Since 2010 has begun, I have created my own challenges, faced challenges out of my control, and watched others struggle with their own challenges. Saturday I overcame a challenge Mike and I set up for us, a long loop hike up to Mount Greylock in Massachusetts.
We began our trek via the Hopper Trail inside of the Reservation. The trail started innocently enough by a cow farm, where an escapee calf came out to greet us. Luckily the little fellow wasn’t a hiker, so he stayed near the barn.
I really believed during the planning stages of this hike, the challenged we put ourselves up against was mileage. Different sources referenced this hike being between 10 and 13 miles, which would put it as our longest one yet. I was only half right, thinking mileage was our challenge. The Hopper Trail challenged me in ways I never expected. For lack of a better word, it was a strenuous uphill.
As I chugged along, stopping frequently to catch my breath. I could only think my job has thrown me some challenges this year that have tested my strength of character. If I could deal with those challenges and not give up, I could do this. I learned this year to ask for help and believe in other’s encouragement. So I for once listened to Mike’s encouraging words to push me mentally up that trail.
After 2.4 miles we made it to Sperry Road Campsite and I congratulated myself for not giving up. I realize my job this year has more obstacles that are coming my way, but I will remember to use other’s shoulders to support me and let their encouraging words guide me along. If I can make it to the end of this demanding trail, then my job’s problems will no longer be challenges I can’t face.
At Sperry Road Campsite we then connected to the Appalachian Trail to the summit. I believe when we face challenges we are rewarded. To me this was the reward at the end of the Hopper Trail. It wasn’t too demanding, had some beautiful scenes and the aromas of the forest flooded me with memories of fresh cut Christmas trees.
The summit was inspiring because the only inhabitants of this area worked hard for their right to be there, the roads weren’t open yet. Challenges make us struggle, make us appreciate our growth more and if we rise to the challenge, meet it we feel proud.
At the summit, we rested, snacked and aired out.
We still had 7 plus miles to conquer. All of sudden my panic meter went off, we have 7 and more miles to do, how can I do it? One of personal challenges is I’m great at psyching myself out, so on this trek I just told myself stop it, you can do it. I knew I had my friend, Karen believing in me and I hate to let people down. So with that realization, I just set my mind to do this. Isn’t facing a physical challenge mostly dependent on the mental belief you can or cannot do it?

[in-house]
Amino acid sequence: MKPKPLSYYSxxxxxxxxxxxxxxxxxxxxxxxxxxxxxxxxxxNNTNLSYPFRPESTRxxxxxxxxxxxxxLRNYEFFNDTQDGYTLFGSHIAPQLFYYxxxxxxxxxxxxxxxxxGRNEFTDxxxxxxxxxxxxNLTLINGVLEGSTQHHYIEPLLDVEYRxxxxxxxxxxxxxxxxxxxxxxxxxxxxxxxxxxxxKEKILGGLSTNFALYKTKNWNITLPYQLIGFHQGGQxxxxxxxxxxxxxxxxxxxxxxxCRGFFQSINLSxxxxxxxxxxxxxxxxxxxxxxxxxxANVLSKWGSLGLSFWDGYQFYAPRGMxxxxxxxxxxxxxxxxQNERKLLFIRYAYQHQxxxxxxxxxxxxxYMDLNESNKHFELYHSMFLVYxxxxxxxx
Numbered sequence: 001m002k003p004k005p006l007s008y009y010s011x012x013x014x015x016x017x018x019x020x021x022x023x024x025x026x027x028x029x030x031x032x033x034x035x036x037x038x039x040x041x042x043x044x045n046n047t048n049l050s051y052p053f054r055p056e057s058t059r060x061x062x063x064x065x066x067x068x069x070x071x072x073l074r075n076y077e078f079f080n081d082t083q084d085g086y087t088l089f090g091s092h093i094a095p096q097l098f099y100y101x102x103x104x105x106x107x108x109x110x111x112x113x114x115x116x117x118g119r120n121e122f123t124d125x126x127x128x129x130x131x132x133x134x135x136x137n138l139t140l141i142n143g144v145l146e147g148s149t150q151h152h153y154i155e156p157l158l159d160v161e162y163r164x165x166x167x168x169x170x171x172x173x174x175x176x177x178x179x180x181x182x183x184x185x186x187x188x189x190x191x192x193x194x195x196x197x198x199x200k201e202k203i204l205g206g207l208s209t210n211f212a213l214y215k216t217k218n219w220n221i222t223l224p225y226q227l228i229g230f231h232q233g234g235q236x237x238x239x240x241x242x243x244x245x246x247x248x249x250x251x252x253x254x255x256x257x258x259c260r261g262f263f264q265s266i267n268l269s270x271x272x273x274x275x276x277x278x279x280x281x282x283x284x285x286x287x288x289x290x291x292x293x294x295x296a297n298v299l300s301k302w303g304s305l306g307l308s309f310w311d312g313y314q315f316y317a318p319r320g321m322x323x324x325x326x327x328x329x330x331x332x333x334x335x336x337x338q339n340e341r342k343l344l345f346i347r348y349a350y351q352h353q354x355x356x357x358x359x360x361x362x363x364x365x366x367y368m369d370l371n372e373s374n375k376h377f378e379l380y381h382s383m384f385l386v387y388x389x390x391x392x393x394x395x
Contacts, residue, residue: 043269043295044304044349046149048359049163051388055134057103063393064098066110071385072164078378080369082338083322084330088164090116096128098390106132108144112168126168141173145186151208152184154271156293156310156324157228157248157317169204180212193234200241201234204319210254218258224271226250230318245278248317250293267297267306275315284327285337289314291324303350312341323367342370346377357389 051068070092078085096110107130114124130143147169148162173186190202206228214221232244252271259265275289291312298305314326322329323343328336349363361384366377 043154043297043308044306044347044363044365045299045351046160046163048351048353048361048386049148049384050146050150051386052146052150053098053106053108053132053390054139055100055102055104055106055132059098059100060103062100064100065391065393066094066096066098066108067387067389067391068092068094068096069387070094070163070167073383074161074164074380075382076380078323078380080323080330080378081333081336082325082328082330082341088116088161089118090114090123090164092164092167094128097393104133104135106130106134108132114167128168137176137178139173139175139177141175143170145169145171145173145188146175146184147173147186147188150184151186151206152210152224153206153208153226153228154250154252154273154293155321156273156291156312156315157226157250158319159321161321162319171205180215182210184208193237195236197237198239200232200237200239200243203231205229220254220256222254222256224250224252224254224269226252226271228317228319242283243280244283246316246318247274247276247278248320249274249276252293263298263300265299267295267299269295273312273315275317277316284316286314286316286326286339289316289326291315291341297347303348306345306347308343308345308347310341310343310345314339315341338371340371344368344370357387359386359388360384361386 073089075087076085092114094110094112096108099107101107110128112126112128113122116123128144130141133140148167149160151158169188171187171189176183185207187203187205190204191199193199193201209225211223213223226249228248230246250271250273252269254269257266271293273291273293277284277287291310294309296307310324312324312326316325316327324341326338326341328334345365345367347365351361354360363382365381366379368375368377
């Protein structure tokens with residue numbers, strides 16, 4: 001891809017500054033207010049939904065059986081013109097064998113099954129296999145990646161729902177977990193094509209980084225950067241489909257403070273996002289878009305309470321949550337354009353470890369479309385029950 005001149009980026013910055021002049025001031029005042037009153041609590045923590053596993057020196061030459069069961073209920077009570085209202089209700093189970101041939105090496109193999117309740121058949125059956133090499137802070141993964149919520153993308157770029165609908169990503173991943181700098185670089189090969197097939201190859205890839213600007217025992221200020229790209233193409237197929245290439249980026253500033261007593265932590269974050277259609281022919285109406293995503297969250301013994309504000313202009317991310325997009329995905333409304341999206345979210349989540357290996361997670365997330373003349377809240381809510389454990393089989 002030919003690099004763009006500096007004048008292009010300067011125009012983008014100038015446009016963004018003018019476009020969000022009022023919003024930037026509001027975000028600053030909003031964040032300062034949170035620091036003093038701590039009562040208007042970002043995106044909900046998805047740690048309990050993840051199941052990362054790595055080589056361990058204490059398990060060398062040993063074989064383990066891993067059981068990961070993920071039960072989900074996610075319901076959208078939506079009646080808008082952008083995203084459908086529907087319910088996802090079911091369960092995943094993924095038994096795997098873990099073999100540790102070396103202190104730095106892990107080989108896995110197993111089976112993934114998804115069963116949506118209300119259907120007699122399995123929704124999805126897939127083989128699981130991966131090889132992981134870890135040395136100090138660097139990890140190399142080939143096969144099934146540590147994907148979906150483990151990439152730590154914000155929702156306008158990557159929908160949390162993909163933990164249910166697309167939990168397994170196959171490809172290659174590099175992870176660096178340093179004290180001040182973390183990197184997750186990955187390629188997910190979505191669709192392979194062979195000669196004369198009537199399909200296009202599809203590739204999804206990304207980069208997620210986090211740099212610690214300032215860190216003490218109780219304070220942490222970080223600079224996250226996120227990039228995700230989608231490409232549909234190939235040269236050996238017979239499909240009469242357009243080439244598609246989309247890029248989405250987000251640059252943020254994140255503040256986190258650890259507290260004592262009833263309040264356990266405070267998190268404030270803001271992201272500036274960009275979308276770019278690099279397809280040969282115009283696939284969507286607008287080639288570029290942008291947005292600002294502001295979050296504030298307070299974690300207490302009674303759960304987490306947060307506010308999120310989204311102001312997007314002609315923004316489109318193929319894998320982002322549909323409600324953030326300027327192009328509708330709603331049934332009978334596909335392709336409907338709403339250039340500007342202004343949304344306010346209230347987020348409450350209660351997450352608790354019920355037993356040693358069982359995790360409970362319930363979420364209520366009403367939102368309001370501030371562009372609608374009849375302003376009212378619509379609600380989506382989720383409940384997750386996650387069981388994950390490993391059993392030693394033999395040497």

We continued off of the summit via the A.T. Down, down, down we went.
Finally we reached a point where we leveled off and had a stroll through the woods being rewarded by wildflowers and the overwhelming scent of pine.
Then we had to go uphill to Mount Williams, at 2.3 miles from the summit. It was a rocky road to the summit, without a spectacular view as a reward.
Sometimes we expect our reward to be grand and we miss something smaller that is even better. As I reflect on this, I realize our reward to this uphill was chatting with the Appalachian Trail volunteer of this trail section. We swapped stories of wild flowers sprouting up and his quest for some rare plants.
We traveled the remaining 1.2 miles to the Money Brook Trail. Once we reached the Money Brook Trail we had only 3.5 miles to go. Only…..I’ve decided when facing challenges, only is an ugly word. This was a trail that started off peacefully, relaxing and unassuming. Mike looked at the GPS and realized in this last segment we still had to descend only 1,000 feet. See that word only…here is one descent…
Ok, the descent resulted in splashing in the Money Brook, how refreshing.
Then I looked up. Up I tell you, we had to go up. Who put this up here? I thought immediately about my friends facing challenges they never ever saw coming this year. Those are the worst challenges, the unexpected ones that require you to stand on the sidelines, not being able to control a damn thing. I did what my friends did this year, pull themselves up, struggle with the challenge and keep chugging away.
The trail leveled out, but a constant annoying challenge started for the last 1.75 miles, two blisters, one on each heel. I should have stopped and attended to them, but sometimes I think I can overcome an obstacle, by bulldozing my way through it, instead of attending and relieving the minor irritation. Life lesson to be learned.
We all have our daily challenges, small challenges. This last segment was a wide, even trail full of wild flowers that we had not encountered before. Focusing on that beauty, putting the petty annoyance of the blisters behind me, we ambled until we could smell the finish, literally. The cows were nearby.
Reflecting on my lessons earned on this trail (not learned), I turned to the view of the Hopper:
The challenges that others place in your path are demanding, unexpected and heart wrenching. I much prefer the challenges I set before myself because it allows me to set the course for my personal development and I find that so much more rewarding.
The details: 11. 4 miles, 7.5 hours, elevation gain of 2760 feet. We went from Hopper Trail (hard, be in good cardio shape), to the Appalachian Trail to the Money Brook Trail, then connect to the Hopper for the last .2 miles.
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